(Cllr Richardson) It is very similar; it is the officers' role to do, actually, but there is a scheme of delegation. Our constitution was actually adopted in April 2001, which was two months before the local elections last year, and there has been a change of administration since then; now it was put in very, very quickly, and the scheme of delegation, as we see it, at the present time, gave just a bit too much authority to officers to get out and do, without sometimes having to come back to discuss it with the politicians.
66. Just very quickly, can I ask Cllr Kemp if he could answer the same question, do you think the Act has excluded full-time employees from involvement in local government?
(Cllr Kemp) I would take it further than that. I think, the way local government is structured, that it is very difficult for an employed person to be a member of any big council, because all our backbench councillors, whatever term you use, front-line councillors, it is a minimum commitment of something like a day and a half a week, often at awkward times, and most employers do not like that. We have gone from the time when employers were proud to have a councillor working for them, to working for multinationals; we even have difficulties with the neighbouring authority letting a member have time off work, because of the pressures. So I think it is more complicated than that.
67. Cllr Kemp, your colleague, Cllr Paul Clein, has submitted written evidence to us, in his former capacity as Executive Member for Education and Lifelong Learning, and in that written evidence he describes the current situation as loathsome and dishonest and marginalising elected members. Now, in the last few days, Cllr Clein has resigned his position, in an argument about who in Liverpool City Council has authority to implement a £1 million cut in the Youth Service. Now would you say that incident confirms Cllr Clein's opinion about the inadequacies of the structure of the local authority, or is it something else?
(Cllr Kemp) As often happens, I agree with lots of Cllr Clein's sentiments, but not necessarily the way that Cllr Clein expresses it. I must make it clear that we implemented a cabinet system early, because of the various situations in Liverpool, which I am sure many people are familiar with, which I will not go into; it is not the system that we would have chosen. I think it is a system which marginalises many members of the Council, and it is a system which very few people clearly understand; and even for those of us intimately involved it is a new system. I have been doing it one way for 20 years, and it is a culture shock for me, and I helped introduce the constitution; so we are all in a learning curve, as one moves into something different. The particular circumstances that you raise there are ones that I would be happy to go into in greater detail, but I do not think there are any general lessons to be learned from it.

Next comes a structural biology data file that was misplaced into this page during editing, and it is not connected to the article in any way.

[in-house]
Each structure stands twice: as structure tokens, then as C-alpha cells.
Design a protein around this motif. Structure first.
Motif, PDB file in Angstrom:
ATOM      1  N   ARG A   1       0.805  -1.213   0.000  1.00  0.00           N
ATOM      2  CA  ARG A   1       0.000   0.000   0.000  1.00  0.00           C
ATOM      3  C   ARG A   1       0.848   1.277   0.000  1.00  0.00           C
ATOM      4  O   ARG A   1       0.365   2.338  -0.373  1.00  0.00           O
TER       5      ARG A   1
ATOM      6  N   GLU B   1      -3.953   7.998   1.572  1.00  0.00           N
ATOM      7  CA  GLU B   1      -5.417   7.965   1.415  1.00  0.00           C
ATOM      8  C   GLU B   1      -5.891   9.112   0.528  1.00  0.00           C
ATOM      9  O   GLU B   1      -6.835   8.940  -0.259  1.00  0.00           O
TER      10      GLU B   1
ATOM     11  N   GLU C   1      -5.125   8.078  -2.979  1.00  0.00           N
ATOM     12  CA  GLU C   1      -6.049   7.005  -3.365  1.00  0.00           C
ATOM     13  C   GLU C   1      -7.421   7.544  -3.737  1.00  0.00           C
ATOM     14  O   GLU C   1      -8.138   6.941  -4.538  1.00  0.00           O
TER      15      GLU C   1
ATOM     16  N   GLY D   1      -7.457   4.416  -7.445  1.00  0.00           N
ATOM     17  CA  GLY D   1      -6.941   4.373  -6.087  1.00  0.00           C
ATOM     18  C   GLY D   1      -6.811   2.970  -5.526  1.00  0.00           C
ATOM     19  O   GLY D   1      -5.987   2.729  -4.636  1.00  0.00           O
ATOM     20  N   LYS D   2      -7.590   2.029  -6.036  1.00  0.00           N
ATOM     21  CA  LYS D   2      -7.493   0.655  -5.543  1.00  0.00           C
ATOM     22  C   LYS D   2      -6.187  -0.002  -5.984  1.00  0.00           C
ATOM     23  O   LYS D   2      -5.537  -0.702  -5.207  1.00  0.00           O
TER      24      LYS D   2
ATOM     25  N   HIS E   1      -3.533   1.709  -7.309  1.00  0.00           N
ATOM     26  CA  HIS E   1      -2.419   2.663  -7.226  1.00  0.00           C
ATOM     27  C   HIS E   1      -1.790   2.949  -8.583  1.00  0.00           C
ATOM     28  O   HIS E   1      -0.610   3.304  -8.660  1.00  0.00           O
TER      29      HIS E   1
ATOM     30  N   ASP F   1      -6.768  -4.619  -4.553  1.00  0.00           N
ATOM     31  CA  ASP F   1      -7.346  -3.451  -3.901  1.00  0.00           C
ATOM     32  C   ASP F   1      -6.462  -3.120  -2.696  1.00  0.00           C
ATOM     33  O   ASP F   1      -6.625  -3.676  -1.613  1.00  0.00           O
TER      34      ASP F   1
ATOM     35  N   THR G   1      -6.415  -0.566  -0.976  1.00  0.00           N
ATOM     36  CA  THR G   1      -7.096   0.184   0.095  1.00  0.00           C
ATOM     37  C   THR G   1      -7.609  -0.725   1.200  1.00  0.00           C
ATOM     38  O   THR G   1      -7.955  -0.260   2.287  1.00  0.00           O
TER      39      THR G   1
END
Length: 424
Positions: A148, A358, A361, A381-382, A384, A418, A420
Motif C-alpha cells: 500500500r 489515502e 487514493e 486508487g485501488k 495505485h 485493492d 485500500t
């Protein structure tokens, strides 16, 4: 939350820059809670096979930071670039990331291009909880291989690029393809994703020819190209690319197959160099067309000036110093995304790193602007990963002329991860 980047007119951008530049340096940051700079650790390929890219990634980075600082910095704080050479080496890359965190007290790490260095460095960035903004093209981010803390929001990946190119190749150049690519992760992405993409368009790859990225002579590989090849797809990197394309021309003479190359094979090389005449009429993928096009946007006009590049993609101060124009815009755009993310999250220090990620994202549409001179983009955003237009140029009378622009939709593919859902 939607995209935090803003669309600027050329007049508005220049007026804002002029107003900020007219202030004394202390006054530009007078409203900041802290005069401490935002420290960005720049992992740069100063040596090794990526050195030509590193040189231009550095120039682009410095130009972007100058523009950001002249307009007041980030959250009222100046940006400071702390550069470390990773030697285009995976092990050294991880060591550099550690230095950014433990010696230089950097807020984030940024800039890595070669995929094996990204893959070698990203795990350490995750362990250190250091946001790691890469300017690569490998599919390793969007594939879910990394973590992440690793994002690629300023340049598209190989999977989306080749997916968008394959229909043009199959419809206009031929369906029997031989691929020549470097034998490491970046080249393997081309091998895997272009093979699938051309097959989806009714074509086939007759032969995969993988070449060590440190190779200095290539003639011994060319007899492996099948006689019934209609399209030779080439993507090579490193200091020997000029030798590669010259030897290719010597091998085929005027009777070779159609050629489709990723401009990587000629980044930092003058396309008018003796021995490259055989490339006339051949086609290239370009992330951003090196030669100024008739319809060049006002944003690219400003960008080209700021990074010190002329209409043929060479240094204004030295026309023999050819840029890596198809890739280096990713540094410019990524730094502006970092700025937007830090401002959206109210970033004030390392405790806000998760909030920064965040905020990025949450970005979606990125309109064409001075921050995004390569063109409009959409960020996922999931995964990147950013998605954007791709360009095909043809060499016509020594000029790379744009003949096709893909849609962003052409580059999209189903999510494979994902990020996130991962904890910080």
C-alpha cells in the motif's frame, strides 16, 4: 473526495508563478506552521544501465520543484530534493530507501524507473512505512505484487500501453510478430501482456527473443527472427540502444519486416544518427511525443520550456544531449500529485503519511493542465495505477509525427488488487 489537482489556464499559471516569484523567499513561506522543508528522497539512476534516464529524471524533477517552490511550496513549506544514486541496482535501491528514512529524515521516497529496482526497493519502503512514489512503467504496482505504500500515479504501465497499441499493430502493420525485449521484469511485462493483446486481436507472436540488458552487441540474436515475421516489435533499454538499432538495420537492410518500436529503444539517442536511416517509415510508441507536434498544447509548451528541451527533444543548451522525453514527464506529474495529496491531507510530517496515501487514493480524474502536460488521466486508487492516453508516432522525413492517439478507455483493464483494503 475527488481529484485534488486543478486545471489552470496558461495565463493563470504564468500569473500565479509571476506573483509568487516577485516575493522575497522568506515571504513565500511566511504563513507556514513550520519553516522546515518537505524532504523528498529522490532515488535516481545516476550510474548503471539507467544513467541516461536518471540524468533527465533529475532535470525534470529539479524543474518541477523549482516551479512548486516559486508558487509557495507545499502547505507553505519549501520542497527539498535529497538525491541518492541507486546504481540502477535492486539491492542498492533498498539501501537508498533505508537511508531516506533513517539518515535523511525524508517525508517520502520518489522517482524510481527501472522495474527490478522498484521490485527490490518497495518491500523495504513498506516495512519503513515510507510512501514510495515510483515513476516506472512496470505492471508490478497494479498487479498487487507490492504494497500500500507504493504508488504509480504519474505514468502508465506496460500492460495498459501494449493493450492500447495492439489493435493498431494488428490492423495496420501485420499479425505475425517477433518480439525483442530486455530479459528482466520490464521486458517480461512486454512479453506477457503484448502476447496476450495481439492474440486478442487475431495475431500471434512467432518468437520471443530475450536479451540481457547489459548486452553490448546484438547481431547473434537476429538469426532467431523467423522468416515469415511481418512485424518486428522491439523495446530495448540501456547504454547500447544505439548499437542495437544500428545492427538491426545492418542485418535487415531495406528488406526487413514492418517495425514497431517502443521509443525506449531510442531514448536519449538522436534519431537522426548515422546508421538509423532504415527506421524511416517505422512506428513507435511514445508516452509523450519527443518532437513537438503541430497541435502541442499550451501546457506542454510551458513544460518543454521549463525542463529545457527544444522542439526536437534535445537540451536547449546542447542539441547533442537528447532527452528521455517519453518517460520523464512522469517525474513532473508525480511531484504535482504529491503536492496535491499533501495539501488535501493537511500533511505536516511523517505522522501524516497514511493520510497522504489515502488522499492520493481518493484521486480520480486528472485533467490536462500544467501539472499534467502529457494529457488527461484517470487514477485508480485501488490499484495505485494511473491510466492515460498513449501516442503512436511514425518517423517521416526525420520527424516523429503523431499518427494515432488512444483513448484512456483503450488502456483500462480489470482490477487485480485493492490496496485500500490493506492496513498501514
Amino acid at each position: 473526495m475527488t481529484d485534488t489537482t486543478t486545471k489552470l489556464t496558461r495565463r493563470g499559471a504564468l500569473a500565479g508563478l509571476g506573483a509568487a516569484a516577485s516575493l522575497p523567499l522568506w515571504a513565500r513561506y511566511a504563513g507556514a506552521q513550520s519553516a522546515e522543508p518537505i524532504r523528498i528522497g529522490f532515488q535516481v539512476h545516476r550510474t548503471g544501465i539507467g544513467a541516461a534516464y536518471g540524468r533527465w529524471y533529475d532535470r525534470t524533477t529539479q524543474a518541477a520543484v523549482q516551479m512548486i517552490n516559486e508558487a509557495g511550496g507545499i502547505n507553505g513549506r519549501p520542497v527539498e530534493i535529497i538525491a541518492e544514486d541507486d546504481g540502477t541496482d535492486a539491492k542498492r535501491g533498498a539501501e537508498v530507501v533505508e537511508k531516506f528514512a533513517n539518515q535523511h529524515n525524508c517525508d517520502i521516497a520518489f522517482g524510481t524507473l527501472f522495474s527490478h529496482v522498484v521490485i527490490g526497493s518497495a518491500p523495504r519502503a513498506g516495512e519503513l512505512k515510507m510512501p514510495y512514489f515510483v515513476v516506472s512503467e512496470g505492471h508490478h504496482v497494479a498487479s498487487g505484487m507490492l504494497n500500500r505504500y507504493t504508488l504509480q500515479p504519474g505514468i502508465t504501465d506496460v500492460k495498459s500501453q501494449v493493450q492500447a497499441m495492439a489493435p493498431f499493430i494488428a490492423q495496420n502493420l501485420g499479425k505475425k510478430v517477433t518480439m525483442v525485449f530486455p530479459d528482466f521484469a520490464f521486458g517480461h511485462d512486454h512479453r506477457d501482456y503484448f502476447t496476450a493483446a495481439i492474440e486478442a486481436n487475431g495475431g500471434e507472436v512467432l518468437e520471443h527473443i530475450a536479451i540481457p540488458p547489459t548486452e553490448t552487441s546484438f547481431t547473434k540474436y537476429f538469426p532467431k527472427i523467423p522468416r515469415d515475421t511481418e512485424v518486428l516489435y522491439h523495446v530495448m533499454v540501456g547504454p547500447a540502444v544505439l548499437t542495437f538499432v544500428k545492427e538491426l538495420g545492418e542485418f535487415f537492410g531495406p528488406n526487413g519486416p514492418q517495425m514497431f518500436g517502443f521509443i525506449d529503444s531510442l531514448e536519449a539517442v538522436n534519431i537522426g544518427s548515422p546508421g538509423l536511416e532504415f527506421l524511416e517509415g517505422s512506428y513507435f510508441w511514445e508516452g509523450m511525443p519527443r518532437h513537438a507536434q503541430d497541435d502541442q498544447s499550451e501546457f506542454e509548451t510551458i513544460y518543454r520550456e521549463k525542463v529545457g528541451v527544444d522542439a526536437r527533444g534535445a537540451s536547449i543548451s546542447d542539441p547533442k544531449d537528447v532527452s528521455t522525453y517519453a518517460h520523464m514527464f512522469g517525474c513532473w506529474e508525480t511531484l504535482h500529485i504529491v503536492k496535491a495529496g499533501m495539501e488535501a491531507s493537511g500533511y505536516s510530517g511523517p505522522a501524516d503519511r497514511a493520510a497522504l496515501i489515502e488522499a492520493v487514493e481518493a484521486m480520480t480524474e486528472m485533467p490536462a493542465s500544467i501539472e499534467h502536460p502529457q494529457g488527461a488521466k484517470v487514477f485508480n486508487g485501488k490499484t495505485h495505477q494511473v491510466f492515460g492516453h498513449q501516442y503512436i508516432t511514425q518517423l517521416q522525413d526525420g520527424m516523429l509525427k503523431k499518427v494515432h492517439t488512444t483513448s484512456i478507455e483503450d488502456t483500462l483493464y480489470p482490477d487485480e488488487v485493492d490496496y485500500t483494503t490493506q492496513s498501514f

68. I would like to ask both of you about the role of the backbencher. We are receiving a lot of evidence that suggests that backbenchers do feel disenfranchised, not part of the decision-making process, and, could I perhaps ask Cumbria first, do you have any suggestions of how backbenchers could be more constructively engaged and get more satisfaction from this role?
(Cllr Richardson) I think the only people who are totally satisfied with the cabinet system are certain members of the cabinet itself, actually. I do not think most members of the Council as a whole would accept that the new system is working satisfactorily. They do feel disenfranchised, there is no question about this. Clearly, they have a role in scrutiny, but they do not see that as a role in decision-making; many of them see it, for want of a better expression, as nit-picking, in effect. We have tried in Cumbria to give a role to backbenchers. We have a system of local committees; to be fair, they were not introduced with the new constitution, they have been in operation for some years, but the local committees have delegated powers to carry out certain functions. We also have neighbourhood forums, and this is a way of local members taking decisions at local level on their own areas.
69. But it does not involve them in major decision-making, does it?
(Cllr Richardson) It does not involve them in major decisions; there are still a number of decisions, obviously, which have to be debated by full Council, and that is the only opportunity they have, but most decisions they have no actual involvement in at all, except, of course, obviously, through the political process, where they discuss it in their various groups.
70. And, Cllr Kemp, do you have any concerns about the role of the backbencher and suggestions of how things might change?
(Cllr Kemp) Absolutely. We are trying to work with all members, because all politicians, be they MPs or councillors, actually have a number of different roles; part of it is as social worker, part of it is as politician, part of it is as political organiser. What we are trying to do in Liverpool is to have members working at three levels. Firstly, there is strategic, and, in there, you are either cabinet or scrutiny, but that is one part of a councillor's work. We are also trying to introduce local area committees and we will be increasing the amount of powers they get from the annual meeting of the Council. But, just as important, in the context of a city with many deprived communities, we are trying to introduce neighbourhood working, such as in your own constituency, where we are introducing a housing regeneration company, to reconfigure services. Now members need training and support into new roles, just as any of us need training and support into new jobs; and, again, that is going to take time to settle down. But I do have a concern, in a council like Liverpool, where you are seen to have ten people who make all the decisions and 89 who do not. I do not think that is fair, and I do not think that is what people came into politics to do.